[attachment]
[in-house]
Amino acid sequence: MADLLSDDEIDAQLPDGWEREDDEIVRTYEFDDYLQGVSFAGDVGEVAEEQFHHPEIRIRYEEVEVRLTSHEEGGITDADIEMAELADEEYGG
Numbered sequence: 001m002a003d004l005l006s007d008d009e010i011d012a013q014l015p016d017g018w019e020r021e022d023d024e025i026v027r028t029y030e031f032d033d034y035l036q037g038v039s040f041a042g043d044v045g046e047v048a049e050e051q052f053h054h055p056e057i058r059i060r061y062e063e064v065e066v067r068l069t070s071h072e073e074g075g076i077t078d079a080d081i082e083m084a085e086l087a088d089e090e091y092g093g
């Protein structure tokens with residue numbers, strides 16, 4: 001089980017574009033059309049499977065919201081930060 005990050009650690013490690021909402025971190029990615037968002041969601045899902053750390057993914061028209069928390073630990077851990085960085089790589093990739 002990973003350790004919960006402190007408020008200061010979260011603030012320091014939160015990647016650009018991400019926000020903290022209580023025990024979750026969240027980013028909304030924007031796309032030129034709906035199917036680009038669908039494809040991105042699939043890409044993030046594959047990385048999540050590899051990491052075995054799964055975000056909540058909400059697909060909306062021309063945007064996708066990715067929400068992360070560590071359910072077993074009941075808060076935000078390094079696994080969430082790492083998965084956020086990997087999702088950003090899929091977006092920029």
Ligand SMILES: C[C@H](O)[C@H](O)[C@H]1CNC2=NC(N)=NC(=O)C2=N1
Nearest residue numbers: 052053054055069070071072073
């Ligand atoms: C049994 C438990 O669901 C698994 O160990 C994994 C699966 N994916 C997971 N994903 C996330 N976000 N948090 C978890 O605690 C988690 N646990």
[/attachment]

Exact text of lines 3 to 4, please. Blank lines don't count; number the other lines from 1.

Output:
Numbered sequence: 001m002a003d004l005l006s007d008d009e010i011d012a013q014l015p016d017g018w019e020r021e022d023d024e025i026v027r028t029y030e031f032d033d034y035l036q037g038v039s040f041a042g043d044v045g046e047v048a049e050e051q052f053h054h055p056e057i058r059i060r061y062e063e064v065e066v067r068l069t070s071h072e073e074g075g076i077t078d079a080d081i082e083m084a085e086l087a088d089e090e091y092g093g
């Protein structure tokens with residue numbers, strides 16, 4: 001089980017574009033059309049499977065919201081930060 005990050009650690013490690021909402025971190029990615037968002041969601045899902053750390057993914061028209069928390073630990077851990085960085089790589093990739 002990973003350790004919960006402190007408020008200061010979260011603030012320091014939160015990647016650009018991400019926000020903290022209580023025990024979750026969240027980013028909304030924007031796309032030129034709906035199917036680009038669908039494809040991105042699939043890409044993030046594959047990385048999540050590899051990491052075995054799964055975000056909540058909400059697909060909306062021309063945007064996708066990715067929400068992360070560590071359910072077993074009941075808060076935000078390094079696994080969430082790492083998965084956020086990997087999702088950003090899929091977006092920029």